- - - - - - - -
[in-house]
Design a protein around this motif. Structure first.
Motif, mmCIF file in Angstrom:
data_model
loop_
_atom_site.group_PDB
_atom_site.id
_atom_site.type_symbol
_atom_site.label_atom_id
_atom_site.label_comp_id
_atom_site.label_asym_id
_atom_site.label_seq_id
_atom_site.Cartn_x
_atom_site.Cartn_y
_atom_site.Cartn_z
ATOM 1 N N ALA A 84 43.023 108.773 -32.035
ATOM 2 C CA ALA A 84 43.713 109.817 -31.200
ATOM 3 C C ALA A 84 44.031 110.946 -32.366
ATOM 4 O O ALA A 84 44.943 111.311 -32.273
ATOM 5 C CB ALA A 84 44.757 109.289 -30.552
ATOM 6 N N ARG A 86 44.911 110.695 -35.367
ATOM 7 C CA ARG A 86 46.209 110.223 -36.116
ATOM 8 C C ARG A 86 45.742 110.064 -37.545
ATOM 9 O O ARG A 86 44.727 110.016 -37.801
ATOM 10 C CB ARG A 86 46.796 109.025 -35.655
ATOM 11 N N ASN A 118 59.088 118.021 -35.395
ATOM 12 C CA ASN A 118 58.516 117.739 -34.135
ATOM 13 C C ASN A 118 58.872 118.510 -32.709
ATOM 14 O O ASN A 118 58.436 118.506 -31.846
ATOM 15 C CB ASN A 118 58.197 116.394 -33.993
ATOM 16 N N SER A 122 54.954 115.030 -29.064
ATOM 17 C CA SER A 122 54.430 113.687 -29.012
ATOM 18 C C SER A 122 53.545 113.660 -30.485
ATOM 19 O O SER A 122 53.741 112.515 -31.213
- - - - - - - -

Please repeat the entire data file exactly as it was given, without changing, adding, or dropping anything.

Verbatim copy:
[in-house]
Design a protein around this motif. Structure first.
Motif, mmCIF file in Angstrom:
data_model
loop_
_atom_site.group_PDB
_atom_site.id
_atom_site.type_symbol
_atom_site.label_atom_id
_atom_site.label_comp_id
_atom_site.label_asym_id
_atom_site.label_seq_id
_atom_site.Cartn_x
_atom_site.Cartn_y
_atom_site.Cartn_z
ATOM 1 N N ALA A 84 43.023 108.773 -32.035
ATOM 2 C CA ALA A 84 43.713 109.817 -31.200
ATOM 3 C C ALA A 84 44.031 110.946 -32.366
ATOM 4 O O ALA A 84 44.943 111.311 -32.273
ATOM 5 C CB ALA A 84 44.757 109.289 -30.552
ATOM 6 N N ARG A 86 44.911 110.695 -35.367
ATOM 7 C CA ARG A 86 46.209 110.223 -36.116
ATOM 8 C C ARG A 86 45.742 110.064 -37.545
ATOM 9 O O ARG A 86 44.727 110.016 -37.801
ATOM 10 C CB ARG A 86 46.796 109.025 -35.655
ATOM 11 N N ASN A 118 59.088 118.021 -35.395
ATOM 12 C CA ASN A 118 58.516 117.739 -34.135
ATOM 13 C C ASN A 118 58.872 118.510 -32.709
ATOM 14 O O ASN A 118 58.436 118.506 -31.846
ATOM 15 C CB ASN A 118 58.197 116.394 -33.993
ATOM 16 N N SER A 122 54.954 115.030 -29.064
ATOM 17 C CA SER A 122 54.430 113.687 -29.012
ATOM 18 C C SER A 122 53.545 113.660 -30.485
ATOM 19 O O SER A 122 53.741 112.515 -31.213